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December 13, 2021 12:15 PM, EST

Central Freight Lines Shuts Down After Nearly a Century in Business

Central Freight Lines truckCentral Freight Lines ranked 21st among LTL carriers with about $255 million in revenues in 2020, according to Cowen & Co. (TT File Photo)

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Central Freight Lines is ceasing operations after nearly a century in business, the company announced Dec. 13.

The Waco, Texas-based less-than-truckload carrier said it had started winding down operations and ceased picking up new shipments. The company is in discussions with key customers and vendors, and expects sufficient liquidity to complete deliveries already in its system by Dec. 20. 

“We make this announcement with a heavy heart and extreme regret that the company cannot continue after nearly 100 years in operation,” Central Freight Lines said in a statement. “We would like to thank our outstanding workforce for persevering and for professionally completing the wind-down while supporting each other. Additionally, we thank our customers, vendors, equipment providers and other stakeholders for their loyalty and support.”

End of the Line

“Central Freight is winding down its business. As of Monday, Dec. 13, we will no longer be picking up freight. We will continue to deliver the freight we have in our system. Thank you.”

Source: Central Freight Lines' website

Reports of the closure started to appear Dec. 11, saying the company notified drivers, employees and customers that it would start to wind down operations. The company confirmed the closure on itts website Dec. 13.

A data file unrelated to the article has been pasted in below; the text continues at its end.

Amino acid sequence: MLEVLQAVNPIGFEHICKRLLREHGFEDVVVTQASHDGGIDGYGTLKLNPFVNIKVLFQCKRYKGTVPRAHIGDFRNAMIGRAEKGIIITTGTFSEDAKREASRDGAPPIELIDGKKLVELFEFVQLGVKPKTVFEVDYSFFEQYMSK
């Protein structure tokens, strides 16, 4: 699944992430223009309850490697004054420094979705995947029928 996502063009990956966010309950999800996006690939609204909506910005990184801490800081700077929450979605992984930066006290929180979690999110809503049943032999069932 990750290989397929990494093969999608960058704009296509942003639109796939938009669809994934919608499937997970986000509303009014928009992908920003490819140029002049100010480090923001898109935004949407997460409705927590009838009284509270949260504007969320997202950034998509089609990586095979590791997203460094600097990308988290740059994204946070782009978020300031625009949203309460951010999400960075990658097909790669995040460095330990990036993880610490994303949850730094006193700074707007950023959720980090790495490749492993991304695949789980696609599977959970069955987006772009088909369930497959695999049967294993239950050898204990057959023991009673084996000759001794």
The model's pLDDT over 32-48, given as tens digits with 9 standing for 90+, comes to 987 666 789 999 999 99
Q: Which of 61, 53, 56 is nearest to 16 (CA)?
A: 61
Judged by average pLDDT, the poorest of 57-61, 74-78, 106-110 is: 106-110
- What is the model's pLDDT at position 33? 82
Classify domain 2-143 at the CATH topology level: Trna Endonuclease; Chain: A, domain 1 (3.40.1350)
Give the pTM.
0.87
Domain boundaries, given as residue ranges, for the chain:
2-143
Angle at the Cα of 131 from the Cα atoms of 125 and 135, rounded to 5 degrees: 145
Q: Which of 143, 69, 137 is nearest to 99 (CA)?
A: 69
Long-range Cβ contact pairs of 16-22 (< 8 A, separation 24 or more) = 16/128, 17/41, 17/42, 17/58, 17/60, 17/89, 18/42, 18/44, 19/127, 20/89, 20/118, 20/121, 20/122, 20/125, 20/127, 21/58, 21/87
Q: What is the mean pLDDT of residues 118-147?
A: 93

Central Freight soon after issued a press release with details on the situation. It noted that the company explored all available options to keep the business going, but operating losses sapped all remaining sources of liquidity. By the time the decision was made, liabilities far exceeded company assets — all of which are subject to liens in favor of multiple creditors. 

Bruce Kalem

Kalem

“Despite diligent efforts, the company was unable to gain commitments to fund ongoing operations, fiKnd a buyer of the entire business or fund a Chapter 11 reorganization,” Central Freight President Bruce Kalem said in a statement. “Given its limited remaining resources, the company concluded that the best alternative was a safe and orderly wind-down.”

Kalem added that as the company completes the process its primary goal will be to offer the smoothest possible transition for all stakeholders while maximizing the amount available to apply toward its obligations.

“Central Freight is in negotiations to sell a substantial portion of its equipment,” Kalem said. “Additionally, Central Freight is coordinating with other regional LTL carriers to afford its employees opportunities to apply for other LTL jobs in their area. Discussions are ongoing, and no purchase of assets or offer of employment is guaranteed.”

Seidl

Cowen and Co. said the closure further consolidates the LTL oligopoly in the U.S. and is likely to add support to an already strong pricing environment. The investment bank and financial services company see most carriers benefiting from this.

“Central had been in operations nearly 100 years but had been saddled with far too much debt in recent years according to market sources,” Cowen analyst Jason Seidl wrote Dec. 13. “In 2020, Central was ranked the 21st among LTL carriers with roughly $255 million in revenues. The company has full-state coverage in 14 states and partial coverage in three more across the south, south central and southwestern U.S.”

The company made efforts to try to stay afloat, including reshuffling its executive team nearly a year ago. That includes adding the company’s owner, Jerry Moyes, as its interim president and CEO. Moyes stayed on as CEO even after Kalem was appointed president in July.

Central Freight Lines ranks No. 98 on the Transport Topics Top 100 list of the largest for-hire carriers in North America and No. 21 on TT’s LTL list.

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